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Creative Ways to Build Affordable Housing in Markets that have become Expensive

By: Diana Petramala, Candace Safonovs, Alex Butler and Dmytro Kharena
November 22, 2018

Background

The 2018 National Housing Week kicked off on Monday with an event hosted by CMHC and Options for Homes which celebrated the future of affordable housing in the Greater Toronto Area (GTA). With escalating home prices and rents in the region, it is becoming apparent that key housing stakeholders will have to start embracing innovative ideas to tackle the GTA’s housing affordability challenge.

The Centre for Urban Research and Land Development (CUR) was tasked to prepare an exhibit for the event highlighting big creative ideas on how to build affordable housing in expensive markets with examples from around the world. Our talented student researchers from Ryerson University’s School of Urban and Regional Planning scanned the globe, from North America to Singapore, to look for interesting ideas on government policy, land-use, housing finance, creative tenure ideas and built form pertaining to the provision of affordable housing.

This blog highlights the lessons learned from the research the students pulled together.  

The full exhibits can be found here.

Lesson 1: An Affordable housing agenda requires an enormous financial commitment from governments

Fun fact: 80% of the population in Vienna lives in homes that are subsidized by the government.

This also means that 80% of the population has access to housing that costs no more than 30% of their monthly income[i].  We chose the City Government of Vienna as its own case study based on these housing outcomes. Vienna is very successful at delivering affordable housing because it has the financial resources to do so. The funding for housing comes from the Federal Government of Austria which earmarks 0.5% of the country’s GDP to housing expenditures[ii].  In 2017 Vienna received €450 million from the Federal Government and contributed another €467 million to housing initiatives[iii]. This money was then distributed in the form of subsidies to the private for-profit and the non-profit sector to build and renew housing.  Supply-side subsidies and tax incentives have meant that the supply of housing has kept pace with demand in Vienna. Not only has this helped to keep price growth under control, but it has also allowed the private sector to deliver financially viable affordable housing[iv].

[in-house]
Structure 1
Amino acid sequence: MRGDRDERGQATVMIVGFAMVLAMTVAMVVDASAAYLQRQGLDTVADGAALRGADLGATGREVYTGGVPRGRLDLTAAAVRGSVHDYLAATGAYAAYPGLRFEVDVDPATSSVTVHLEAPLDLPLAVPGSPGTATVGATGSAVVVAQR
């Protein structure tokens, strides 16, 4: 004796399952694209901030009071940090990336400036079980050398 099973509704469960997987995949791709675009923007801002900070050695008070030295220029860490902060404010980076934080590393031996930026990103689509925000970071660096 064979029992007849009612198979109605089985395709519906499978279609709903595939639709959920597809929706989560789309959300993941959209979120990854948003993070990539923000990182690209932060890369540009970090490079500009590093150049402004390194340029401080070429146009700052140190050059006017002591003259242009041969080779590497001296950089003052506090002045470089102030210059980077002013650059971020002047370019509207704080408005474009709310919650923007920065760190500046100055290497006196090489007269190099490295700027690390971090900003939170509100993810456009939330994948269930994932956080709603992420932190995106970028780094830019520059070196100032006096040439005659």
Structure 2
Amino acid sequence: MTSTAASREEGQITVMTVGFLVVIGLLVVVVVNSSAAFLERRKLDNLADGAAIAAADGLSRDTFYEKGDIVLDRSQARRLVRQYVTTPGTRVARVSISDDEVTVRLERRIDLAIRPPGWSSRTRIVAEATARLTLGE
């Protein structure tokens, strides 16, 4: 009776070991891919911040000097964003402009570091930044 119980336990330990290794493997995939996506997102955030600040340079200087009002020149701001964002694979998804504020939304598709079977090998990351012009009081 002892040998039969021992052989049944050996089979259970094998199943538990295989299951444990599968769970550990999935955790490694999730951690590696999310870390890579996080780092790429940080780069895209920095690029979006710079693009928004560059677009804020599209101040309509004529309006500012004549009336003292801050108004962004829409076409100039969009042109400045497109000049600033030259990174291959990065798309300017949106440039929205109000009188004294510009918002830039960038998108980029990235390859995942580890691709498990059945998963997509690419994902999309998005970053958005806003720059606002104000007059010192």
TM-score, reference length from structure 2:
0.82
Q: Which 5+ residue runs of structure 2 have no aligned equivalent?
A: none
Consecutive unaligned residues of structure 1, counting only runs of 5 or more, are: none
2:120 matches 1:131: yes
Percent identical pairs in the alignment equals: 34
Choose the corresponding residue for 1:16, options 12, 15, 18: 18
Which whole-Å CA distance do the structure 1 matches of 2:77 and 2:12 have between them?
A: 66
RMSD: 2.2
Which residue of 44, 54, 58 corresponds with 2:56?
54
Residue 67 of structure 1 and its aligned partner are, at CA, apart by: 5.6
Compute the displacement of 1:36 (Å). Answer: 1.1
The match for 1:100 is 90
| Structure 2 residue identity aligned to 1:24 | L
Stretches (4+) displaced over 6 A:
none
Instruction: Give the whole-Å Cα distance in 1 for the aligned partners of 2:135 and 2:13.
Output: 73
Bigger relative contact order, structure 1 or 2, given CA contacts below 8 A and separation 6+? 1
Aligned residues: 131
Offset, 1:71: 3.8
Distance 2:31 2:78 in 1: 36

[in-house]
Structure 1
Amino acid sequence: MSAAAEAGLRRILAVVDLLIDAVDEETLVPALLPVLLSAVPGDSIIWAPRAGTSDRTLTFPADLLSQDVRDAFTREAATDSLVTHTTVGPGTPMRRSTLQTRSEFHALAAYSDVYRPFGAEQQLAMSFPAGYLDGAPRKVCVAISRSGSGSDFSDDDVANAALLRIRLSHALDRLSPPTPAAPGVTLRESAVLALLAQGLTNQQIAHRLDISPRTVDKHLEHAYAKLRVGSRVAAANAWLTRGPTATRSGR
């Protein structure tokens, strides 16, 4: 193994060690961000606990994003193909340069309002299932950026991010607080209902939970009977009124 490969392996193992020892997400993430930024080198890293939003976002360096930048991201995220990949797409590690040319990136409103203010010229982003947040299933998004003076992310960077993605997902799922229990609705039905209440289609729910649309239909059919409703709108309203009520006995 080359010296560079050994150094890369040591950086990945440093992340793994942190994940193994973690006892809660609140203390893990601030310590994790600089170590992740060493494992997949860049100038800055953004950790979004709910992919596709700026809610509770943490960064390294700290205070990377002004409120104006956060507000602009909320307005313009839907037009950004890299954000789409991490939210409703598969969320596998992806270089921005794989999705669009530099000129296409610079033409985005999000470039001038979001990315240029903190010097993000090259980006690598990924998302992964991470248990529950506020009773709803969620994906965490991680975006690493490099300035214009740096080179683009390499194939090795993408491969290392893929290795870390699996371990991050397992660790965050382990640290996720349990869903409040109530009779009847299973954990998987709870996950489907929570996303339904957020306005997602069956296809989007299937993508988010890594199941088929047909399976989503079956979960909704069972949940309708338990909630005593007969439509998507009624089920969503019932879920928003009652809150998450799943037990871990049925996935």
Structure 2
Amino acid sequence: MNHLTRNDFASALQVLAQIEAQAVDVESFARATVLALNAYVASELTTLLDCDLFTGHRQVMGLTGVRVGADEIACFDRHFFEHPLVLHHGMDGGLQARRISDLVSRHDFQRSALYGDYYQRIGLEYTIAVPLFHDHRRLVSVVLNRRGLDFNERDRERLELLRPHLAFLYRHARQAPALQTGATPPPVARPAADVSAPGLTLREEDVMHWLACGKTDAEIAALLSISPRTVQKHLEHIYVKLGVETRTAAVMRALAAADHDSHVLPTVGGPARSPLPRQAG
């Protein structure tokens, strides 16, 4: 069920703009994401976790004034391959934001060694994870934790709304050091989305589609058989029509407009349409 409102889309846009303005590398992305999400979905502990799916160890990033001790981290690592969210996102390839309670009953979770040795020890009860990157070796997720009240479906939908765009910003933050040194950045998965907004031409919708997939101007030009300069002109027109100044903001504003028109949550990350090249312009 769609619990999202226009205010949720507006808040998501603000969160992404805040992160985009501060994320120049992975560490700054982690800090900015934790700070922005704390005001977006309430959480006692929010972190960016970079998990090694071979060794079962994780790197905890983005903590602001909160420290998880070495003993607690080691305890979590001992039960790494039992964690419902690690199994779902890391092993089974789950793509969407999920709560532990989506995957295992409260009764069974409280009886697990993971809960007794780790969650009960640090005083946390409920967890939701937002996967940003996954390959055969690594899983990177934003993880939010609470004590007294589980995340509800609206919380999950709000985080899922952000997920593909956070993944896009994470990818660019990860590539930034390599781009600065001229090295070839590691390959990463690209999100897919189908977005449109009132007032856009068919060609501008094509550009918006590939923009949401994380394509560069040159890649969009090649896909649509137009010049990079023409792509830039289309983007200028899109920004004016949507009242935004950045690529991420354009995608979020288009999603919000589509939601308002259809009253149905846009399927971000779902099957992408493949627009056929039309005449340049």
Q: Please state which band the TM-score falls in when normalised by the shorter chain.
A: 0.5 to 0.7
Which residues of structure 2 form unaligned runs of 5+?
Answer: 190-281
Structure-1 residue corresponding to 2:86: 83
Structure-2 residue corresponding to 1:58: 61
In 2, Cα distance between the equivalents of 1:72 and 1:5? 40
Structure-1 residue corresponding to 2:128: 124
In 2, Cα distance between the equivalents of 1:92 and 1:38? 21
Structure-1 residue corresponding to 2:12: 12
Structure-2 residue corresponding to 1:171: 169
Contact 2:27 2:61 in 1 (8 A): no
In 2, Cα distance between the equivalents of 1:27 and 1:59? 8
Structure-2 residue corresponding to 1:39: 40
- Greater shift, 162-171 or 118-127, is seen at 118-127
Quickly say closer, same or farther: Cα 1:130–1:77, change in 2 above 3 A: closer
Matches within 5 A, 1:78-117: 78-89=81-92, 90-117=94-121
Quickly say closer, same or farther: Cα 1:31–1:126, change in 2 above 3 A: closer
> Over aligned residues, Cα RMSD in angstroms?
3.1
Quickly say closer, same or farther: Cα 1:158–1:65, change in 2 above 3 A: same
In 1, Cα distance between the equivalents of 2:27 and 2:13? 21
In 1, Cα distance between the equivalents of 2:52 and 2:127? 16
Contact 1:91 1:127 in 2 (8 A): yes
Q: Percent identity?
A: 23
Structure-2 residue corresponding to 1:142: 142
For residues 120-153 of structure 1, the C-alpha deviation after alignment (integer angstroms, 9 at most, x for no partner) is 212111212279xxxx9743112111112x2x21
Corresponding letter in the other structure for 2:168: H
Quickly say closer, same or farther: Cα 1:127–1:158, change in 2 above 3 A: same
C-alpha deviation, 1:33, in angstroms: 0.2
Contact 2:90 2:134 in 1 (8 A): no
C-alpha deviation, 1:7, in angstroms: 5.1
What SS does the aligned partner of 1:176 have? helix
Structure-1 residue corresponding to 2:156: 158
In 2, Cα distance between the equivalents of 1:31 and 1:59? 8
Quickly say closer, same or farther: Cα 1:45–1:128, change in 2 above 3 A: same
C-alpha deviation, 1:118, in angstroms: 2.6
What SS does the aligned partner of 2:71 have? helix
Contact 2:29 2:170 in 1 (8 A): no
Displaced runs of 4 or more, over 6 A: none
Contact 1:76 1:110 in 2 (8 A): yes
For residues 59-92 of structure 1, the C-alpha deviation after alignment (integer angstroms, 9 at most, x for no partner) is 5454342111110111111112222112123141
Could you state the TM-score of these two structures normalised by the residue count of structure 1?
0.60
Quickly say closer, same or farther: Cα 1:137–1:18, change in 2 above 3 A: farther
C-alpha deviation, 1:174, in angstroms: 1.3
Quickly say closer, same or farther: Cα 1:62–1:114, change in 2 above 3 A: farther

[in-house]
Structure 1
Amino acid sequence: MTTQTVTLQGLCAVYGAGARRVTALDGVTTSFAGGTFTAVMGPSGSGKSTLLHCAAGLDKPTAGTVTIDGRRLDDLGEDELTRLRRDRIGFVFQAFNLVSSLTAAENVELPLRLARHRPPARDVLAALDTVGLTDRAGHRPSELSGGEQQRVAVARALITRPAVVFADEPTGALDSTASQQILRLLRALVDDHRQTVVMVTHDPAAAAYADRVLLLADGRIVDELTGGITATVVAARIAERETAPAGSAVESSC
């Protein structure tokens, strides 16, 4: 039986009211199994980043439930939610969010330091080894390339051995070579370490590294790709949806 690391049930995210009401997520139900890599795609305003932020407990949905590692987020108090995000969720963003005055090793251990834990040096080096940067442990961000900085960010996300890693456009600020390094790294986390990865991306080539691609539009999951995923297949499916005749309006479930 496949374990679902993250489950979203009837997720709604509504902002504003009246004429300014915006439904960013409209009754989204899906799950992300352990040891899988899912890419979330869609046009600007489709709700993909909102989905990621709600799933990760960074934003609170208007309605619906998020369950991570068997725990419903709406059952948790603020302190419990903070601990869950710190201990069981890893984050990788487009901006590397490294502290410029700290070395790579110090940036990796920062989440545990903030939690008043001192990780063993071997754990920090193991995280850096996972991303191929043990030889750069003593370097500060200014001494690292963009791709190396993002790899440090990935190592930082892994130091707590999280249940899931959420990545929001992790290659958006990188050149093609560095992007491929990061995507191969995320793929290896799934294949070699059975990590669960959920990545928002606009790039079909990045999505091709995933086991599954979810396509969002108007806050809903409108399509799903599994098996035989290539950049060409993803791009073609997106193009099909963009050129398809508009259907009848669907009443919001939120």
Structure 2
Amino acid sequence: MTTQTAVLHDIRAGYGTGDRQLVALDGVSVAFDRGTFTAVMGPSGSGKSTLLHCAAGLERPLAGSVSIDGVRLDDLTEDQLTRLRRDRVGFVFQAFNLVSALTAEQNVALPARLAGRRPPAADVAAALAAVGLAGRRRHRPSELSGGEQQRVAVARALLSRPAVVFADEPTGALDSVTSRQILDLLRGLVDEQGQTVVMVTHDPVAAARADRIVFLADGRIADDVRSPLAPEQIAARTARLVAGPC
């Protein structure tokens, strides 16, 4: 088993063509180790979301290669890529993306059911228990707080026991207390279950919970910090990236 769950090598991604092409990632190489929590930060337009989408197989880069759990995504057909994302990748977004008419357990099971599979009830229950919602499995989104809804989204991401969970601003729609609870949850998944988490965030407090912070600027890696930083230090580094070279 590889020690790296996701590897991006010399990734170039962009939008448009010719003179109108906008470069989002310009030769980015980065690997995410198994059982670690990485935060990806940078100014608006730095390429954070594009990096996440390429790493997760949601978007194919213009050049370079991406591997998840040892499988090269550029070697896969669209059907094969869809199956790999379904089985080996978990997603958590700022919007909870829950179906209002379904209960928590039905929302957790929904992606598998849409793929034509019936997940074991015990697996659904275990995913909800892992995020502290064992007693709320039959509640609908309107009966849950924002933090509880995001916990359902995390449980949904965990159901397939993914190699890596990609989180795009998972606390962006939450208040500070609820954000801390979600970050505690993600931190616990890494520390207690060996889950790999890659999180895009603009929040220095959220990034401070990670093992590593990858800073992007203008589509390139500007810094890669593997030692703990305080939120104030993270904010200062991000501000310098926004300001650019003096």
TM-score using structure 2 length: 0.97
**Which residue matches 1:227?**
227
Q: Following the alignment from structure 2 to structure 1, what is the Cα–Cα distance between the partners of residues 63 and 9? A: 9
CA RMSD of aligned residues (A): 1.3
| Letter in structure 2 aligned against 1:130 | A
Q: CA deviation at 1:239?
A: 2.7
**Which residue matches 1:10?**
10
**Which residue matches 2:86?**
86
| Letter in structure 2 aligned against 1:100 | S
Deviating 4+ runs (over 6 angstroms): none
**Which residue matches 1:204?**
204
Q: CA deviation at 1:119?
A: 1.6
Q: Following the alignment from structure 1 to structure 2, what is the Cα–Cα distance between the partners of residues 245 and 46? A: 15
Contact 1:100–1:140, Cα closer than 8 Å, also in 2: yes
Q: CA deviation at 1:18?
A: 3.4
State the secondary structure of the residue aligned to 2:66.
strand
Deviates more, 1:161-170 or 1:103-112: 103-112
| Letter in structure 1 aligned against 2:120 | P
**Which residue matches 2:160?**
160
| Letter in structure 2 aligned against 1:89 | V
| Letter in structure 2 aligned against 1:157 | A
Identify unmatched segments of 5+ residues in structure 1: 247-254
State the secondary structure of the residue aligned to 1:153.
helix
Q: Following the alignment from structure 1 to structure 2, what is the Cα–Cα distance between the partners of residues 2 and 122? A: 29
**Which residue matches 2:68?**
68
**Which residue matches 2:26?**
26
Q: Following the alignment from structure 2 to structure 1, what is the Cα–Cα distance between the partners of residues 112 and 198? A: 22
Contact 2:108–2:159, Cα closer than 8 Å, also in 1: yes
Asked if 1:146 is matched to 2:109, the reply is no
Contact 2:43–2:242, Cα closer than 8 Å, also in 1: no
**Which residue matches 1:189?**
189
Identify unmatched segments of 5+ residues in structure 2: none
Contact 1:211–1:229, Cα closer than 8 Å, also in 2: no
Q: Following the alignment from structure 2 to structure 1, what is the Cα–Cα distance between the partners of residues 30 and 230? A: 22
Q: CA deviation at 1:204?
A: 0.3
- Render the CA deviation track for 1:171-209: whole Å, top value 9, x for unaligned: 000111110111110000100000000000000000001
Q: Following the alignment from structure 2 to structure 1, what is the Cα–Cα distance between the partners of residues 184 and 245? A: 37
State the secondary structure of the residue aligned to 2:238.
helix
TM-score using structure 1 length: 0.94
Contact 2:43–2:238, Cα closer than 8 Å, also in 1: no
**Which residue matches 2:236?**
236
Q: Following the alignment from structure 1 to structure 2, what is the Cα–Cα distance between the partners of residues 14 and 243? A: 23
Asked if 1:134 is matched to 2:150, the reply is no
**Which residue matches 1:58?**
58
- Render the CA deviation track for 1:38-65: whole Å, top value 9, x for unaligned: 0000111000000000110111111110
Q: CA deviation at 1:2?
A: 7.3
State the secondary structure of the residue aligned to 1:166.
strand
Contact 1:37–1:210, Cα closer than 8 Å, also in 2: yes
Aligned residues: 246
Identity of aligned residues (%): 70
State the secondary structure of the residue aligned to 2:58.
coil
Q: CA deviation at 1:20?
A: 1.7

It is not only how much the City of Vienna spends on housing, but the ways in which it spends it that matters.  Vienna spends $482 per person on housing overall, compared to $310 spent by the City of Toronto in 2017[v], yet the outcomes in Vienna are far better. Some lessons can thus be learnt from how Vienna gets a better bang for its buck.

Lesson 2: Collaboration among many stakeholders helps improve outcomes

Creating affordability requires collaboration across many stakeholders, including governments, developers, financial systems and households.

One good example is Via Verde, a 222-unit affordable housing project in the Bronx, completed in 2012.  The project was built with support from the New York City New Housing Market Place Plan.  The City of New York provided subsidies, tax incentives and underutilized land for the development., The City supported the project from the planning stages through the completion of the units. The City of New York provided subsidies, tax incentives and underutilized land for the development and met with the developer regularly to review and address obstacles in the development process.  The results are 151 rental units for low income households and 71 co-ops for middle-income households, all surrounded by usable greenspace. Built form for the units include bungalows, duplex units, live work units and townhomes.[vi] The project has won ten awards for its excellence.